For six years, North Carolina has been a one-party state, governed by a Republican monolith bolstered by absurdly gerrymandered districts, a willingness to dispatch with inconvenient norms, and an unchecked lust for power. 

The first cracks appeared in 2016, when Roy Cooper edged out Pat McCrory for governor. But those absurd gerrymanders maintained the Republicans’ legislative supermajorities, enabling them to override Cooper’s vetoes and render him impotent. 

It was Phil Berger and Tim Moore’s world. Cooper just lived in it.  

Then came November’s blue wave. Democrats did well enough to break the supermajorities—and, in a fairer world, they’d have done better than that. Despite the Dems winning more votes statewide, the Republicans kept control of the legislature. (After years of adverse court rulings, those gerrymanders weren’t as potent as they once were, but they still did the trick.)  

So when the General Assembly convenes Wednesday, it will do so with a new and uncertain dynamic: a governor who finally matters; Democrats who are desperate to be taken seriously; Republicans who, having imposed their will since 2013, are eager to reassert their dominance. 

The Dems’ improved position should put the kibosh on anything radical this session. Nothing like an HB 2 retread or a Roe-testing abortion bill will become law. Same goes for major tax reforms (at least the kind without bipartisan buy-in), or bills protecting agribusiness from nuisance lawsuits (like the legislature has passed the last two years), or further meddling in the Durham-Orange light-rail project.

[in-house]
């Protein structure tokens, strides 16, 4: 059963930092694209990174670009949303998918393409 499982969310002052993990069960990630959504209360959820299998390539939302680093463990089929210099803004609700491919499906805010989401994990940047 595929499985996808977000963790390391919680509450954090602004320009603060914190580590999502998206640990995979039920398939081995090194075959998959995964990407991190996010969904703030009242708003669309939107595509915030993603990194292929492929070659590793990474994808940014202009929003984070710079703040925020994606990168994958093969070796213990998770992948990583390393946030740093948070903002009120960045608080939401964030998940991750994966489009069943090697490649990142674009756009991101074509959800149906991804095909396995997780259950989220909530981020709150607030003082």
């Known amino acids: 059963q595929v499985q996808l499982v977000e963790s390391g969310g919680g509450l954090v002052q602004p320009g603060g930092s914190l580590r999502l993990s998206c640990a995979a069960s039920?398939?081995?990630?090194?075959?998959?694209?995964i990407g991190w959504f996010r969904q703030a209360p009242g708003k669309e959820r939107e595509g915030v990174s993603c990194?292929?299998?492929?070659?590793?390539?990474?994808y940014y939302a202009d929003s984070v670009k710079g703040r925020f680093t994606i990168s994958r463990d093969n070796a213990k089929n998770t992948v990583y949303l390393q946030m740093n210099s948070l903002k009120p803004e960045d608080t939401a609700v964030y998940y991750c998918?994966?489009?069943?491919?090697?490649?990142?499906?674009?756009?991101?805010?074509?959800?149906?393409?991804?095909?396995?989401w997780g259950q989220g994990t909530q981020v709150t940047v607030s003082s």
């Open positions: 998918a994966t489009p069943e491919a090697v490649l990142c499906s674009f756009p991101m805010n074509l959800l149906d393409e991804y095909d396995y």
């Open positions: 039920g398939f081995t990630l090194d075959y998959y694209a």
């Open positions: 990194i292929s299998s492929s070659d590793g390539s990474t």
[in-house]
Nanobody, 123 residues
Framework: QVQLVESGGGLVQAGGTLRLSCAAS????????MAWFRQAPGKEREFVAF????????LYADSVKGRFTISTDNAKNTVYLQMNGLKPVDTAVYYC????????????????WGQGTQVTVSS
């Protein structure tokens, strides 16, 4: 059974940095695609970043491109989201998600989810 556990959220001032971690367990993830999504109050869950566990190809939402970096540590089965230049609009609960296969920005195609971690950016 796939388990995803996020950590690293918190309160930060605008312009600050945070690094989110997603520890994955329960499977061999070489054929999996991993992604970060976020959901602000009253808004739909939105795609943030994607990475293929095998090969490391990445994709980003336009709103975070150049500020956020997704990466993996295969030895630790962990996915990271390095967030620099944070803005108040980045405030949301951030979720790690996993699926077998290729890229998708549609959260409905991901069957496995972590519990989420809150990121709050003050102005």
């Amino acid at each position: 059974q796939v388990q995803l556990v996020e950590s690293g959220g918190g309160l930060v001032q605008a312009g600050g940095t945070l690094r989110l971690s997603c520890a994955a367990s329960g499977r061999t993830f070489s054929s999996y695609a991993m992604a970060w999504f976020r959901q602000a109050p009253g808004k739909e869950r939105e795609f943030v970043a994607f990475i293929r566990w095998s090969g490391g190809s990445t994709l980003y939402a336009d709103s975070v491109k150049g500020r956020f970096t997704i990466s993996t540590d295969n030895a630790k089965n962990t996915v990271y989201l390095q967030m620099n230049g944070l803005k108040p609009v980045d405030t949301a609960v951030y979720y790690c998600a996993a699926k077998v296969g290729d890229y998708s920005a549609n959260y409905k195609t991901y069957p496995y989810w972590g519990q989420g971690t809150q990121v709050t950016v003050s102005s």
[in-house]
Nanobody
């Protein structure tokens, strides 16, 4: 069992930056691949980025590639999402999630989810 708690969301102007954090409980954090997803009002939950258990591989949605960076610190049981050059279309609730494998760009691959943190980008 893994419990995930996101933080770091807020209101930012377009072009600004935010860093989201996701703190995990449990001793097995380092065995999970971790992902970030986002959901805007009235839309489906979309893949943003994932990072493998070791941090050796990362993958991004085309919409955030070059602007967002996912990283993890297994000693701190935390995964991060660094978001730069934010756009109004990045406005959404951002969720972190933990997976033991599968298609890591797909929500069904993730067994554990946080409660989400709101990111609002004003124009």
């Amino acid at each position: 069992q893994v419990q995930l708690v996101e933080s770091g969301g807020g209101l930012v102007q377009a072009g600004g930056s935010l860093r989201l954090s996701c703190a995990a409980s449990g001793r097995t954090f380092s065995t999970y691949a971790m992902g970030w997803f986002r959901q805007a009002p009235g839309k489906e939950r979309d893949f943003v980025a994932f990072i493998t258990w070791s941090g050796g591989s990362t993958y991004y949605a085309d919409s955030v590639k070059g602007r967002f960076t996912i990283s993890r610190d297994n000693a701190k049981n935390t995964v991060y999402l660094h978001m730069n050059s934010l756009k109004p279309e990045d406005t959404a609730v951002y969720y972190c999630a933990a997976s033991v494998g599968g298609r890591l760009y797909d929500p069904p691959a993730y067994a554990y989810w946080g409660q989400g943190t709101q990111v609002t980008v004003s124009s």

But Republicans still run the show, which means progressive priorities are also off the table—although there may be some cards Cooper can play. He could, for instance, threaten to veto the budget until the GOP expands Medicaid, but that would require an unfamiliar kind of hardball for a gov who seems more comfortable sculpting an image as a consensus builder (see his wet-noodle handling of the HB 2 replacement).  

Republicans, meanwhile, have every incentive to chip away at that image—to cast Cooper as a partisan hack, an ideologue to the left of Bernie Sanders—ahead of his reelection bid. So they’ll likely spend the session daring him to veto tax cuts and seeking to embarrass him through investigations that may or may not be in bad faith. 

Such is politics: lots of posturing, lots of gridlock. The best-case scenario is a boring session, with big, pointless clashes grabbing headlines while mundane bills trudge their way through mundane processes, the state government plods along, and both sides gird up for next year’s war. 

That war, we learned Friday, could be fought on vastly different terrain. The U.S. Supreme Court announced that it would take up partisan gerrymandering cases from North Carolina and Maryland. If the court rules this spring that partisan gerrymandering is unconstitutional, North Carolina’s legislative and congressional districts will be redrawn. But that seems unlikely. Indeed, as elections law expert Rick Hasen wrote in The Atlantic, the Roberts Court might eventually go the other direction and declare independent redistricting commissions unconstitutional, which would be a huge blow to the reform movement. 

For now, reformers should have better luck at home, where Democrats hold a 5–2 edge on the N.C. Supreme Court. Earlier this month, a federal judge rejected the NCGOP’s ploy to block state courts from hearing a lawsuit arguing that partisan gerrymanders violate the state constitution, an apparent delay tactic to prevent new districts from being drawn before 2020—which would apply no matter what the U.S. Supreme Court decides. 

With new districts, Democrats think they’d have a shot at an outright majority—and, if Cooper wins again, their own version of one-party control.  

Contact editor in chief Jeffrey C. Billman by phone at 919-286-1972, by email at, or on Twitter @jeffreybillman.